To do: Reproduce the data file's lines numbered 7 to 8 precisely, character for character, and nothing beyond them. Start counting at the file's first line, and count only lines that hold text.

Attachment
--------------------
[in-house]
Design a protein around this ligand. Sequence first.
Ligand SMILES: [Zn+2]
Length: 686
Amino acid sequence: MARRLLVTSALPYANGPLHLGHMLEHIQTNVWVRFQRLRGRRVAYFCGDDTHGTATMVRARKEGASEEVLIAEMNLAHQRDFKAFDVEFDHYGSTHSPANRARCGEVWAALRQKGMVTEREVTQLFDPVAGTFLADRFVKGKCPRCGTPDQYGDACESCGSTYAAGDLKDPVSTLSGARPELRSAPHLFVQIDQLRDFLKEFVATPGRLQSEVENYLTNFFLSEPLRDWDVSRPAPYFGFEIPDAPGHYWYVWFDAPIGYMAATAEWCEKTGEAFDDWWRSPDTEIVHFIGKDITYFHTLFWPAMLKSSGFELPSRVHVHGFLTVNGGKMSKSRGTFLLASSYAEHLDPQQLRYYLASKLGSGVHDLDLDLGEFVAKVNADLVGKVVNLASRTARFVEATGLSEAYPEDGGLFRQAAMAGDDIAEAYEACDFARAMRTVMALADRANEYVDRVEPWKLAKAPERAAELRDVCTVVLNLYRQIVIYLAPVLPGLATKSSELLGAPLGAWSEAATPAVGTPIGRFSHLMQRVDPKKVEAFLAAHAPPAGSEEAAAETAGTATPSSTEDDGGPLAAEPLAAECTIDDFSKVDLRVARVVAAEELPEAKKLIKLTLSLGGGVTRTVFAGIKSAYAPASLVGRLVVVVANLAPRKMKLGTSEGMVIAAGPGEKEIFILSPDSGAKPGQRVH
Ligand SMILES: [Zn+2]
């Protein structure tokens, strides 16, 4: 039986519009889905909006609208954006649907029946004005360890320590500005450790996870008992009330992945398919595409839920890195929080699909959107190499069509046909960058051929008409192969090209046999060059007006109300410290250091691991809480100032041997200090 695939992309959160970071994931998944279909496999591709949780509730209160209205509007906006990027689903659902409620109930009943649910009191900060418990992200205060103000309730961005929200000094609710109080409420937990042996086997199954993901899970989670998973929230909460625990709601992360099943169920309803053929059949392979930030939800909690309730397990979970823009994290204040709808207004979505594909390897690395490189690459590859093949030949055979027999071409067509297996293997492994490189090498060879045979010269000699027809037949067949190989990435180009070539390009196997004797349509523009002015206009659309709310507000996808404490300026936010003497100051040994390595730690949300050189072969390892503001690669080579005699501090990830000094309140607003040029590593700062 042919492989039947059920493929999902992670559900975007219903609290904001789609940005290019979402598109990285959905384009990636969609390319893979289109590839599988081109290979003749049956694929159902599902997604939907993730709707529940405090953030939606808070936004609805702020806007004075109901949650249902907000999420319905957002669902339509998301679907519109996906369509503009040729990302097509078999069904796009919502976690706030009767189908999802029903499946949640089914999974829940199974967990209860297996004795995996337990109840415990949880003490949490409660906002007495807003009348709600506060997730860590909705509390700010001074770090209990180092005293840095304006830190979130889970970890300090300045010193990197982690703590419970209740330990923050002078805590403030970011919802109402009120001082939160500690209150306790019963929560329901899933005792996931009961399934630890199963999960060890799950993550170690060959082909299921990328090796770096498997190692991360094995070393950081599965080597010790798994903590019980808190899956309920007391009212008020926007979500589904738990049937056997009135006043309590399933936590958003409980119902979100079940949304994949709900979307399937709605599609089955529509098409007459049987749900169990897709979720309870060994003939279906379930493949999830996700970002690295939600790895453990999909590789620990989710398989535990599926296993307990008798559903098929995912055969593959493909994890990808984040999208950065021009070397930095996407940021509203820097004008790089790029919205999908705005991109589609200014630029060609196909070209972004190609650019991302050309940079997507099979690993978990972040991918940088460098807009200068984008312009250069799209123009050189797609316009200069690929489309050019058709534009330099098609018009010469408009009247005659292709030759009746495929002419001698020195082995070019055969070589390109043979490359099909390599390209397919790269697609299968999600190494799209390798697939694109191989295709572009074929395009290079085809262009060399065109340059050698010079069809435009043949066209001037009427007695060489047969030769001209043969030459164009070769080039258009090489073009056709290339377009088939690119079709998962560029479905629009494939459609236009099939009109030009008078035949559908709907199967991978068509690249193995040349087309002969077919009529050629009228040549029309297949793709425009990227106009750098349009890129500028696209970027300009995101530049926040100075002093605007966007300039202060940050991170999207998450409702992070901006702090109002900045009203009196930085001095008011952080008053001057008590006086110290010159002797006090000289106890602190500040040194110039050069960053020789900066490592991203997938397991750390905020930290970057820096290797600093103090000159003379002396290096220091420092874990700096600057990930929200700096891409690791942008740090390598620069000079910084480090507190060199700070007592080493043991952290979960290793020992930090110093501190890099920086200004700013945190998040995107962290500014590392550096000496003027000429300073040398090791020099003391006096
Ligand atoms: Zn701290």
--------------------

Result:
């Protein structure tokens, strides 16, 4: 039986519009889905909006609208954006649907029946004005360890320590500005450790996870008992009330992945398919595409839920890195929080699909959107190499069509046909960058051929008409192969090209046999060059007006109300410290250091691991809480100032041997200090 695939992309959160970071994931998944279909496999591709949780509730209160209205509007906006990027689903659902409620109930009943649910009191900060418990992200205060103000309730961005929200000094609710109080409420937990042996086997199954993901899970989670998973929230909460625990709601992360099943169920309803053929059949392979930030939800909690309730397990979970823009994290204040709808207004979505594909390897690395490189690459590859093949030949055979027999071409067509297996293997492994490189090498060879045979010269000699027809037949067949190989990435180009070539390009196997004797349509523009002015206009659309709310507000996808404490300026936010003497100051040994390595730690949300050189072969390892503001690669080579005699501090990830000094309140607003040029590593700062 042919492989039947059920493929999902992670559900975007219903609290904001789609940005290019979402598109990285959905384009990636969609390319893979289109590839599988081109290979003749049956694929159902599902997604939907993730709707529940405090953030939606808070936004609805702020806007004075109901949650249902907000999420319905957002669902339509998301679907519109996906369509503009040729990302097509078999069904796009919502976690706030009767189908999802029903499946949640089914999974829940199974967990209860297996004795995996337990109840415990949880003490949490409660906002007495807003009348709600506060997730860590909705509390700010001074770090209990180092005293840095304006830190979130889970970890300090300045010193990197982690703590419970209740330990923050002078805590403030970011919802109402009120001082939160500690209150306790019963929560329901899933005792996931009961399934630890199963999960060890799950993550170690060959082909299921990328090796770096498997190692991360094995070393950081599965080597010790798994903590019980808190899956309920007391009212008020926007979500589904738990049937056997009135006043309590399933936590958003409980119902979100079940949304994949709900979307399937709605599609089955529509098409007459049987749900169990897709979720309870060994003939279906379930493949999830996700970002690295939600790895453990999909590789620990989710398989535990599926296993307990008798559903098929995912055969593959493909994890990808984040999208950065021009070397930095996407940021509203820097004008790089790029919205999908705005991109589609200014630029060609196909070209972004190609650019991302050309940079997507099979690993978990972040991918940088460098807009200068984008312009250069799209123009050189797609316009200069690929489309050019058709534009330099098609018009010469408009009247005659292709030759009746495929002419001698020195082995070019055969070589390109043979490359099909390599390209397919790269697609299968999600190494799209390798697939694109191989295709572009074929395009290079085809262009060399065109340059050698010079069809435009043949066209001037009427007695060489047969030769001209043969030459164009070769080039258009090489073009056709290339377009088939690119079709998962560029479905629009494939459609236009099939009109030009008078035949559908709907199967991978068509690249193995040349087309002969077919009529050629009228040549029309297949793709425009990227106009750098349009890129500028696209970027300009995101530049926040100075002093605007966007300039202060940050991170999207998450409702992070901006702090109002900045009203009196930085001095008011952080008053001057008590006086110290010159002797006090000289106890602190500040040194110039050069960053020789900066490592991203997938397991750390905020930290970057820096290797600093103090000159003379002396290096220091420092874990700096600057990930929200700096891409690791942008740090390598620069000079910084480090507190060199700070007592080493043991952290979960290793020992930090110093501190890099920086200004700013945190998040995107962290500014590392550096000496003027000429300073040398090791020099003391006096
Ligand atoms: Zn701290």